Meanwhile, keep in mind that base estimates are used to calculate the expected value of the investment. Does a specific base estimate need closer scrutiny and deserve more investment of resources in due diligence?
Using our research on the company and its competitors, including materials from the company, industry/analyst reports, and additional resources, we developed an initial list of questions together with the domain experts. The model required answers to these questions (see example questions in Sidebar 3). We then conducted multiple meetings with the company and with our domain experts to gather information, each time generating follow-up questions until we had probed the main identifiable risk factors in enough depth to allow us to enter estimates into the model (Step 6 in Figure 1).
Sidebar 3: Knowing the Right Questions to Ask
Example Questions for Science Companies:
- What is the technical concept? Does it hold up to scrutiny by experts?
- Is the scientific basis for the profit model sound? In the ideal case, does the math work out for this technology to make money considering costs of development and manufacturing?
- What are the main risks? (technical and otherwise) What are the key milestones to de-risk? What data exists and how strong is it?
- What are the risks associated with successfully scaling up manufacturing from bench/prototype to commercial production? This is a common pitfall for many science-based companies.3 The technological process for making a prototype may be vastly different from scaling up the manufacturing process to make thousands of the same item and may require a step-change in technological development, not just an incremental expansion. There are significant risks if manufacturing cannot be performed rapidly enough at low enough cost. What experiments or milestones might de-risk scale-up?
- What is the intellectual property strategy? What IP has the company secured? How easy is it for a fast follower to compete?
- Who are the main competitors? There may be “technical competitors” with similar technologies who may be pursuing different markets, and/or “market competitors” with different products but pursuing similar markets.
- What is the technical advantage over competitors? How could it provide differentiation? What are the moats or barriers against competitors? (technical and otherwise?)
- Is the team capable of the level of technical execution required? Is the original inventor part of the team?
Example Questions for Domains / Industries:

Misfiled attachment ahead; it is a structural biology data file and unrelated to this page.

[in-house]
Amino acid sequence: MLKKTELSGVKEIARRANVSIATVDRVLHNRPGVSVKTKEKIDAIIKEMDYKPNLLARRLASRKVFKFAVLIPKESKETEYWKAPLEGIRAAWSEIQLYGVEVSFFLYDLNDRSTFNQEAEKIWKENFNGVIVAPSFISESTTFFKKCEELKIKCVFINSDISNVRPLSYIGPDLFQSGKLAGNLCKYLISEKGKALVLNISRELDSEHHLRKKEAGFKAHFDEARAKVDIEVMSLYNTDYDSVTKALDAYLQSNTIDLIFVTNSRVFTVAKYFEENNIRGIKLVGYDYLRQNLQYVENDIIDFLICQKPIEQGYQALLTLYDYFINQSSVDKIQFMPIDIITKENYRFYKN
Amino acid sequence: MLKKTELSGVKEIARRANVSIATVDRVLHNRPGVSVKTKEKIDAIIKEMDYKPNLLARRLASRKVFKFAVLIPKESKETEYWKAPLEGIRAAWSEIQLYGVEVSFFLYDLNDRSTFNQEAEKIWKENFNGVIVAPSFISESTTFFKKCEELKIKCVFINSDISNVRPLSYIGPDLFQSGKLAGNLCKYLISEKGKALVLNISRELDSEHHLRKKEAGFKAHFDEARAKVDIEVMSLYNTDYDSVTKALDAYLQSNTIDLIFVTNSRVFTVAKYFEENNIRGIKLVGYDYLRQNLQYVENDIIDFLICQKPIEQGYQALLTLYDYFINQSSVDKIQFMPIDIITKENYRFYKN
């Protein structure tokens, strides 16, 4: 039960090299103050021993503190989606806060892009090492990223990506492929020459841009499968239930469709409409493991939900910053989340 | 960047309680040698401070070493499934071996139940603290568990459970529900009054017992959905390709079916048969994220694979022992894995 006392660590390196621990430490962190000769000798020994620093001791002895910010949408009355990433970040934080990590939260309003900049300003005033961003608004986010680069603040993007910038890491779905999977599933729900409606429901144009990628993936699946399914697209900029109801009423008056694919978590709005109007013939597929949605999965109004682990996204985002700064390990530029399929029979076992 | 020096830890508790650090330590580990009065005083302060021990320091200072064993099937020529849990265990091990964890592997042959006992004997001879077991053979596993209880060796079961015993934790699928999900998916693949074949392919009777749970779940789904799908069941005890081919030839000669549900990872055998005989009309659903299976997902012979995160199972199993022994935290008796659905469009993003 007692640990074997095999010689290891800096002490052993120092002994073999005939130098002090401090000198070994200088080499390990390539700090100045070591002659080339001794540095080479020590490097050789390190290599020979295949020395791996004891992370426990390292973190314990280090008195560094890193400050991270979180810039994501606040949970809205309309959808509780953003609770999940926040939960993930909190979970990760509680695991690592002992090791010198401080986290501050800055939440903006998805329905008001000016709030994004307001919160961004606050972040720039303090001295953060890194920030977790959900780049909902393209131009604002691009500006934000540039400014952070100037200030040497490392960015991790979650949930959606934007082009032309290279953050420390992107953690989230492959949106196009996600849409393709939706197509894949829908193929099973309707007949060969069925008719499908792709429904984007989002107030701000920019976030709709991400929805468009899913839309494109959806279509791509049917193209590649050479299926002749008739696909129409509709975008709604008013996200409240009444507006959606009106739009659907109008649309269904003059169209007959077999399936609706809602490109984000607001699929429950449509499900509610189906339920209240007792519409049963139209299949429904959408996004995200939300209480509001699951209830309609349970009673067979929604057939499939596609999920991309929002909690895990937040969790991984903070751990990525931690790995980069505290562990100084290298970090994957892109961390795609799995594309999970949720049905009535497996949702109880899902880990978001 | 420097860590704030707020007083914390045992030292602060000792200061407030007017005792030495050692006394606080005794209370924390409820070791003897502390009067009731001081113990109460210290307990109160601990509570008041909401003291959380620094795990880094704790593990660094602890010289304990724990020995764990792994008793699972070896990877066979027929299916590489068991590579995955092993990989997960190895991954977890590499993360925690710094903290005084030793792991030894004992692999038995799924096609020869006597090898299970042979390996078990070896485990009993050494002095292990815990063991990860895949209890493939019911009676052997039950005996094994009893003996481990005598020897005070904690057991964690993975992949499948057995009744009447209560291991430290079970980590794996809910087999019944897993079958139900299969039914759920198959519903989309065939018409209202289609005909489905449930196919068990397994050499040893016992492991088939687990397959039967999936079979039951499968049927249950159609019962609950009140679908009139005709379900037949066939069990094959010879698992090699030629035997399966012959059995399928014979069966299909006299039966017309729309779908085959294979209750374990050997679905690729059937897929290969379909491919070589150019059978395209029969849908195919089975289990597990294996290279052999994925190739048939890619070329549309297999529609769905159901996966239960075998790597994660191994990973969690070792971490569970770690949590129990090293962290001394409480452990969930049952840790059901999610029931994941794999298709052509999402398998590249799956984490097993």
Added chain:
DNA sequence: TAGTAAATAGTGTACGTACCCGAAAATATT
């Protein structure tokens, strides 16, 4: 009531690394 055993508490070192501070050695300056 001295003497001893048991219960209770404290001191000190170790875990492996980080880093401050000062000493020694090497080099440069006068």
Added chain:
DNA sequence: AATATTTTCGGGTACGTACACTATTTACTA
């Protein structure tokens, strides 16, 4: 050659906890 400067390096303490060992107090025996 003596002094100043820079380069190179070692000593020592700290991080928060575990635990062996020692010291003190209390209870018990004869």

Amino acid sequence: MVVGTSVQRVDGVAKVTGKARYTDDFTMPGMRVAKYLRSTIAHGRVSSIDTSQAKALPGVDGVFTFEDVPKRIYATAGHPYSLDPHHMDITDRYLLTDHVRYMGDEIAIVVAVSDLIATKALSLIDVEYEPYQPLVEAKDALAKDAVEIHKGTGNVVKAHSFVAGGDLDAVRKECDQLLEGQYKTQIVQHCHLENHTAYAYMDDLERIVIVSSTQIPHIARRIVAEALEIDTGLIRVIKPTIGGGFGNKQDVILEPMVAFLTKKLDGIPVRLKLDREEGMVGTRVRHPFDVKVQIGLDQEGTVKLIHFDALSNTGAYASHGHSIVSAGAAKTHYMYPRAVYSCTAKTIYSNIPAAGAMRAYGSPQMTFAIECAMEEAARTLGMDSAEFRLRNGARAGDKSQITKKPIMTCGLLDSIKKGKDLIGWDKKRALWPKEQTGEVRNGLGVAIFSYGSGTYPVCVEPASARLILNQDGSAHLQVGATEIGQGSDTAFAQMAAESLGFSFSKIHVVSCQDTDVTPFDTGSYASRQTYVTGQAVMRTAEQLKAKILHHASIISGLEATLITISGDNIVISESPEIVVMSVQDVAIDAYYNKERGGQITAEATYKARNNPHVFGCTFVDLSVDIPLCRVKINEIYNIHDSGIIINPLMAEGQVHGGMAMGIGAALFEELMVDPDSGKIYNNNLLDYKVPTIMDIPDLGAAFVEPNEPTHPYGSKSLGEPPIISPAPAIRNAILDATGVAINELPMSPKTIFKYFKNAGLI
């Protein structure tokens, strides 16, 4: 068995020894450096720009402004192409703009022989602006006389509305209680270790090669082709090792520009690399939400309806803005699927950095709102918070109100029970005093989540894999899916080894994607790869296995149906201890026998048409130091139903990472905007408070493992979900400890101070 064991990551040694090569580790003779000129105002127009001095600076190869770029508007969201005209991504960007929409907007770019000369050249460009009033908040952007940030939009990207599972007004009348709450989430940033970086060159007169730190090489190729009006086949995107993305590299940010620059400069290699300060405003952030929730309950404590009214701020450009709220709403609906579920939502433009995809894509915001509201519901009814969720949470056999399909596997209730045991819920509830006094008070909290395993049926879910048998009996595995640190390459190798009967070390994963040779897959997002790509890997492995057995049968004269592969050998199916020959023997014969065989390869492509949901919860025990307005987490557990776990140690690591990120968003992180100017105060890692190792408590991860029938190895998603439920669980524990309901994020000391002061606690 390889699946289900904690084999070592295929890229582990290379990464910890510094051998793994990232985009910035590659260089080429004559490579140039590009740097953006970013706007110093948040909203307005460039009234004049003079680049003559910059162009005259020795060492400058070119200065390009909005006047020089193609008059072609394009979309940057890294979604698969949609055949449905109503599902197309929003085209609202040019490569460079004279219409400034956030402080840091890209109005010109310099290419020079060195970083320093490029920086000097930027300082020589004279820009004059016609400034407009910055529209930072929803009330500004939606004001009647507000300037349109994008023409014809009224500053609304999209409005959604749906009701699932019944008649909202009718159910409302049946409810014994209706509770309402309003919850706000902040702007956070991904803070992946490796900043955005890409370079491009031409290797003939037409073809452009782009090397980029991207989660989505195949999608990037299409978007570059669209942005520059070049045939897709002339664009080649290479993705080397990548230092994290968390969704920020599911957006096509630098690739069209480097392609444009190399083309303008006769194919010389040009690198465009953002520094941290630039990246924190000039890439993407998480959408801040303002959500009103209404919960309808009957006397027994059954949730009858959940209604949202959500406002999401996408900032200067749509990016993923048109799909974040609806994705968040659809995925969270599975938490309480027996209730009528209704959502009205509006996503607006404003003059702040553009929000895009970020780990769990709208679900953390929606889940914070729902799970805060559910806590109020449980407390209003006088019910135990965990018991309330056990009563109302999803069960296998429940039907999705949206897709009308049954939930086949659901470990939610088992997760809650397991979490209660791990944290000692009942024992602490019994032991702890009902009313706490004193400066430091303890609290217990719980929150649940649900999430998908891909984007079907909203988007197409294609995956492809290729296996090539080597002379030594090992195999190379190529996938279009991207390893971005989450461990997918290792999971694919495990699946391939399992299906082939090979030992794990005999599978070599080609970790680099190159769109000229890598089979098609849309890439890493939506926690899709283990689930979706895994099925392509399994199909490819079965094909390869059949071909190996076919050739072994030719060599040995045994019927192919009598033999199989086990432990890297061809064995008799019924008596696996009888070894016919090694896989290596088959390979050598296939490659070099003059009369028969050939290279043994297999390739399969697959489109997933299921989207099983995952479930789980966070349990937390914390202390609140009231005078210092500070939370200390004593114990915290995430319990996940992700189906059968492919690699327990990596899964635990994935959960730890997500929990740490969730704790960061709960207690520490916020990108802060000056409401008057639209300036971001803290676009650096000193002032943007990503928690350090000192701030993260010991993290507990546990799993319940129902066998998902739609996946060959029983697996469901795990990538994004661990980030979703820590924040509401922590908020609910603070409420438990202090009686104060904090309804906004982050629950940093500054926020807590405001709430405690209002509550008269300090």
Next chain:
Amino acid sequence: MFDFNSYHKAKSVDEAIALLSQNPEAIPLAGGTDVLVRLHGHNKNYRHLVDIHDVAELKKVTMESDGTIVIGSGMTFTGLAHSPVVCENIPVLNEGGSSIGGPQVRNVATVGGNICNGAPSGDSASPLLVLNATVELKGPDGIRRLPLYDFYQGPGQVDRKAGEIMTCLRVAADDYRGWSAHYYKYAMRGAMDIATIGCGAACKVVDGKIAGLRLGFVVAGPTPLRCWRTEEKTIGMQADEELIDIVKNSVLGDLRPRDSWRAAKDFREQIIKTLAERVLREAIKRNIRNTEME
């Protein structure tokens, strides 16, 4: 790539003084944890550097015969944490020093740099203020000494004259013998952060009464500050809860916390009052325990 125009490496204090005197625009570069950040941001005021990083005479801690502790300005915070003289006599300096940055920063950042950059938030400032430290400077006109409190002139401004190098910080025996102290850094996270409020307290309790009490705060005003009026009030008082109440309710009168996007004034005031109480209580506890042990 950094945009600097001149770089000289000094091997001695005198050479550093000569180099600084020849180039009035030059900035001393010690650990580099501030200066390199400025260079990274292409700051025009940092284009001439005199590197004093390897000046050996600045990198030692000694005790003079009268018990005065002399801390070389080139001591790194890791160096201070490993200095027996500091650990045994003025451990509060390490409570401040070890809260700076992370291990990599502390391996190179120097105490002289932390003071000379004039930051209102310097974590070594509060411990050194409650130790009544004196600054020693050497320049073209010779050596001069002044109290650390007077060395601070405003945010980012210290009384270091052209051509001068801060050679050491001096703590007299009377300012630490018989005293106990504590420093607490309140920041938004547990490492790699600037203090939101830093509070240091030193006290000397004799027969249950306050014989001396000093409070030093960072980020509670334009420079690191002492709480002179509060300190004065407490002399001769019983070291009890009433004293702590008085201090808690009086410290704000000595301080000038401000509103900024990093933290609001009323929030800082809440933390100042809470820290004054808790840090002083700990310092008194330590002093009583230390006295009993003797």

- What is the industry clockspeed? (e.g., software is fast, pharmaceuticals is slow) How does industry speed influence timelines to product, revenue, exits?
- How capital intensive is the industry? What level of investment is needed? Implications for competition, ability to sustain runway? Are there any trends to decrease costs of de-risking? (e.g., falling cost of DNA synthesis)
- What are examples of typical good investments in this domain and how often do these occur? Typical poor investments? What is the return-on-investment landscape for the domain, and how does this affect investment strategy? (e.g., few, unlikely sky-high returns vs. more modest returns with a higher probability of success)
- How does the nature of IP in the domain affect strategy and outcomes? (e.g., compare software to pharmaceuticals)
- Are there network effects? How do they influence market dynamics? (e.g., winner-take-all)
- What is the rate of commoditization? What is the risk of being leap-frogged in a race to the bottom
- What are typical milestones or opportunities for exits?
- Atul Gawande, “The Checklist: If something so simple can transform intensive care, what else can it do?”, December 2007, The New Yorker. http://www.newyorker.com/magazine/2007/12/10/the-checklist ↩
- Matthew Nordan, “What Makes a Great Cleantech Team?”, September 2012. http://mnordan.com/2012/09/24/what-makes-a-great-cleantech-team/ ↩
- “But, I think for manufacturing, very often people think of manufacturing as just some rote process of making copies. Which, actually, it isn’t. Manufacturing is building the machine that makes the machine. If you think the machine is important, well, building the machine that makes the machine is also extremely important, and more often than not, what I’ve found is the manufacturing is harder than the original product. For example, at Tesla we can make one of a car very easily, but to make thousands of a car with high reliability and quality and where the cost is affordable, is extremely hard. I’d say, maybe 10 times harder than just making one prototype – maybe more.” -Elon Musk, Interview at MIT Aero/Astro Centennial Symposium, October 2014. http://webcast.amps.ms.mit.edu/fall2014/AeroAstro/index-Fri-PM.html ↩